It was about 6 pm one evening in the spring of 2008. I had eaten some turkey chili that I made for dinner (it was delicious). About half an hour later, I doubled over in pain. It felt like someone reached into my abdomen and violently twisted my stomach and intestines. The pain came in terrible waves. A friend from my church happened to stop by and saw me on my living room sofa, bent over in sheer agony. She immediately took me to the hospital. The doctor gave me some painkillers and Mylanta, and I was discharged that night.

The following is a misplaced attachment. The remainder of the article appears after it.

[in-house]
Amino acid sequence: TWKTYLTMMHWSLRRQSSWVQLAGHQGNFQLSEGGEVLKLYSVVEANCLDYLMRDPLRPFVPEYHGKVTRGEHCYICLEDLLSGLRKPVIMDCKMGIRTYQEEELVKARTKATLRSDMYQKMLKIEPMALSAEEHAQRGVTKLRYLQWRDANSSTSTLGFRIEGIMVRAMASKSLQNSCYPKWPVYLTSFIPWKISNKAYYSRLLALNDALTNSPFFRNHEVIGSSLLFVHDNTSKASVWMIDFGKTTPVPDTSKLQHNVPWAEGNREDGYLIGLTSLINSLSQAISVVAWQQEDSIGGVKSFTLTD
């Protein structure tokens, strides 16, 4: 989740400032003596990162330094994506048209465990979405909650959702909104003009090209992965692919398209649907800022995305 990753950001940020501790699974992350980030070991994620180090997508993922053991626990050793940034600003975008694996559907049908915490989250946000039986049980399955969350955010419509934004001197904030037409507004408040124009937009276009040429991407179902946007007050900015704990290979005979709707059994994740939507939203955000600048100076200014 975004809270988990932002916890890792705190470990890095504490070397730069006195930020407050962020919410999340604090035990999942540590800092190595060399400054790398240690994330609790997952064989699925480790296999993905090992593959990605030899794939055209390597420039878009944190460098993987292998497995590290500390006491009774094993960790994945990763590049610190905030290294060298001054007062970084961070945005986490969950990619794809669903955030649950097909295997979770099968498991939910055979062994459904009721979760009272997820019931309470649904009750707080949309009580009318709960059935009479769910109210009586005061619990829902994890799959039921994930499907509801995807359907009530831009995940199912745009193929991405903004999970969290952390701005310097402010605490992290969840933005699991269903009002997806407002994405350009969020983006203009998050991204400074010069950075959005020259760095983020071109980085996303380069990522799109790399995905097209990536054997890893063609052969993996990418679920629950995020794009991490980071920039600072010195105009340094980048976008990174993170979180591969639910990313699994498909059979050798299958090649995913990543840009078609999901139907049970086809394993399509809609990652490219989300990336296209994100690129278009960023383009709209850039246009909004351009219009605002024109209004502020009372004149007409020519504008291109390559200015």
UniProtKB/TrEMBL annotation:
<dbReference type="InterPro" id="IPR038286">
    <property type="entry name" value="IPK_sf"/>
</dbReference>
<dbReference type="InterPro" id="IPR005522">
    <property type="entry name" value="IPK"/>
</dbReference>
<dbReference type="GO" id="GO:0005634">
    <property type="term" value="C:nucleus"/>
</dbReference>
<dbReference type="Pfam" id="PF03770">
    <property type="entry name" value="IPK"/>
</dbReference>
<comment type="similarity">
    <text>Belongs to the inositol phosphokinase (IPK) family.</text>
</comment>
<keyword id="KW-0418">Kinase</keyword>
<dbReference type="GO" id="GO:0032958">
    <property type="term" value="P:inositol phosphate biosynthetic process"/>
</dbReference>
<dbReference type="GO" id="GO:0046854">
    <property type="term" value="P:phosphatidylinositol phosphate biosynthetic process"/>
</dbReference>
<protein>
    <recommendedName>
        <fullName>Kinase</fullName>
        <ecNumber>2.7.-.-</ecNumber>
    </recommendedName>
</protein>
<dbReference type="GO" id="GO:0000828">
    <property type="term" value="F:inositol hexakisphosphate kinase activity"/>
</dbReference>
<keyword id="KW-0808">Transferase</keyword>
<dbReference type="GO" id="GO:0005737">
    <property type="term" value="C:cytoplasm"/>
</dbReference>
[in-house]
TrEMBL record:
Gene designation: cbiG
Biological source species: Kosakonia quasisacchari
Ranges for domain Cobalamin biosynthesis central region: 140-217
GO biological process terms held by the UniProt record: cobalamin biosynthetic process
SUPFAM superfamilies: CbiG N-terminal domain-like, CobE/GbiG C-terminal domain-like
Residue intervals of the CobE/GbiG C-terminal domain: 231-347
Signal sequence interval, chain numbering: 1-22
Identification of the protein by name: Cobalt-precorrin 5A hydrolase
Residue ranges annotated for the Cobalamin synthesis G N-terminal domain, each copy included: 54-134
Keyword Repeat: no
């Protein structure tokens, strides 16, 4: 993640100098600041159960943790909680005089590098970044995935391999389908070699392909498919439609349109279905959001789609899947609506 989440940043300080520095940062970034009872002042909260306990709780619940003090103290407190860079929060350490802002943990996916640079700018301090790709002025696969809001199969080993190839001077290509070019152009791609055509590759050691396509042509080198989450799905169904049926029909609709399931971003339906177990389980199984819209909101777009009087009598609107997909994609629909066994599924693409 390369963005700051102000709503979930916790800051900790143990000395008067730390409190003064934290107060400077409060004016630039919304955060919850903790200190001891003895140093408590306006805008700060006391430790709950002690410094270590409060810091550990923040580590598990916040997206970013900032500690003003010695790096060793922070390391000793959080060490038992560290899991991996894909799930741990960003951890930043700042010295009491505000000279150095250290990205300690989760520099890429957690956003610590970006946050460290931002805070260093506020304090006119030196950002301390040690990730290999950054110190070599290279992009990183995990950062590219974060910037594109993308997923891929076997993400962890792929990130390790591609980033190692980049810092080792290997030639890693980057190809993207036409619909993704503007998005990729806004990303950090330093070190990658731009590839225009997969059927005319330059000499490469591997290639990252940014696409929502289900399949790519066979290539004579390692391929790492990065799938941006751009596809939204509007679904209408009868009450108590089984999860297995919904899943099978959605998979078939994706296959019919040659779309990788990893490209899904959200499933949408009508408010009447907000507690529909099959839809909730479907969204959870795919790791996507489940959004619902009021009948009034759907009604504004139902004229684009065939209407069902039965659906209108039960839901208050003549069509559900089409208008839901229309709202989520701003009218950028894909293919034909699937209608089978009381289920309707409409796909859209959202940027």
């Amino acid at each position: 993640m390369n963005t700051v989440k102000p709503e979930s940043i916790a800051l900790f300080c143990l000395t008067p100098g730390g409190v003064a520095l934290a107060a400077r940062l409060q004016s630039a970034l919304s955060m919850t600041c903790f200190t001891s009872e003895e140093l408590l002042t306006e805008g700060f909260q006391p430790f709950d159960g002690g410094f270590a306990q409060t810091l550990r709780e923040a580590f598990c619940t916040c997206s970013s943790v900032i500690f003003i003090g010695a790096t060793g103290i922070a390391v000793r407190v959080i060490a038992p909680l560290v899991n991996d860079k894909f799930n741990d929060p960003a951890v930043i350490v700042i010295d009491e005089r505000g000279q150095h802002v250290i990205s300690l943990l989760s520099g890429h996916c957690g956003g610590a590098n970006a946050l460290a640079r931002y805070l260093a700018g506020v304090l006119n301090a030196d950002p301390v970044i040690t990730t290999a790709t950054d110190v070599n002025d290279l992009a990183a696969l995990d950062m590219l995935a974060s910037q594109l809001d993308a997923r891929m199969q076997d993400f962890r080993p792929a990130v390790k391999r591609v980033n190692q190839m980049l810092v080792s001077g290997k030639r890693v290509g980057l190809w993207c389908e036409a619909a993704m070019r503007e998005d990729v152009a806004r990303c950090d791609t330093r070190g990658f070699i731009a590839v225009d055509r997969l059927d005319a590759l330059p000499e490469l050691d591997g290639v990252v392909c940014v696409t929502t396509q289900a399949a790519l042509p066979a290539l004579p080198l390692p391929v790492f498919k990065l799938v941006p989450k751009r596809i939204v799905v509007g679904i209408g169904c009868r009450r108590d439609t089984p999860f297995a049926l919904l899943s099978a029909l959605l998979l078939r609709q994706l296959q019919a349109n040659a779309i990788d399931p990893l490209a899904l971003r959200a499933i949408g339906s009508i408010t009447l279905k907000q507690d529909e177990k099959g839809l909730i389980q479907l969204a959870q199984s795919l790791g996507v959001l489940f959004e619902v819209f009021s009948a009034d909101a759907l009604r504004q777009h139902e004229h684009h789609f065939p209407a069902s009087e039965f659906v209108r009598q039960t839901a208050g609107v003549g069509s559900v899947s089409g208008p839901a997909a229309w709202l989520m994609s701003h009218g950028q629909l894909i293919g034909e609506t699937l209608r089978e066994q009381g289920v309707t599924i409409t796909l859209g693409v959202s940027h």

I saw a gastroenterologist who performed an endoscopy a couple of weeks later. I was diagnosed with gastritis and placed on a prescription proton-pump inhibitor (PPI) to block stomach acid production. Knowing the potential side effects of PPIs, I did not want to be on one, but I was desperate for relief. Over the next year or two, I worked on tapering down the dosage until I could switch to an over-the-counter PPI with the lowest dose I could find. In 2010, I was told I had a sluggish gallbladder that needed to be removed. I wasn’t thrilled at that idea since I didn’t have gallstones, so I got a second opinion. At that visit, I was diagnosed with gastritis (again) and Irritable Bowel Syndrome (IBS). In 2011 I received another diagnosis - Interstitial Cystitis (IC), after experiencing painful bladder spasms and difficulty urinating. That same year, my primary physician diagnosed me with chronic rhinitis. It felt like my health was unraveling.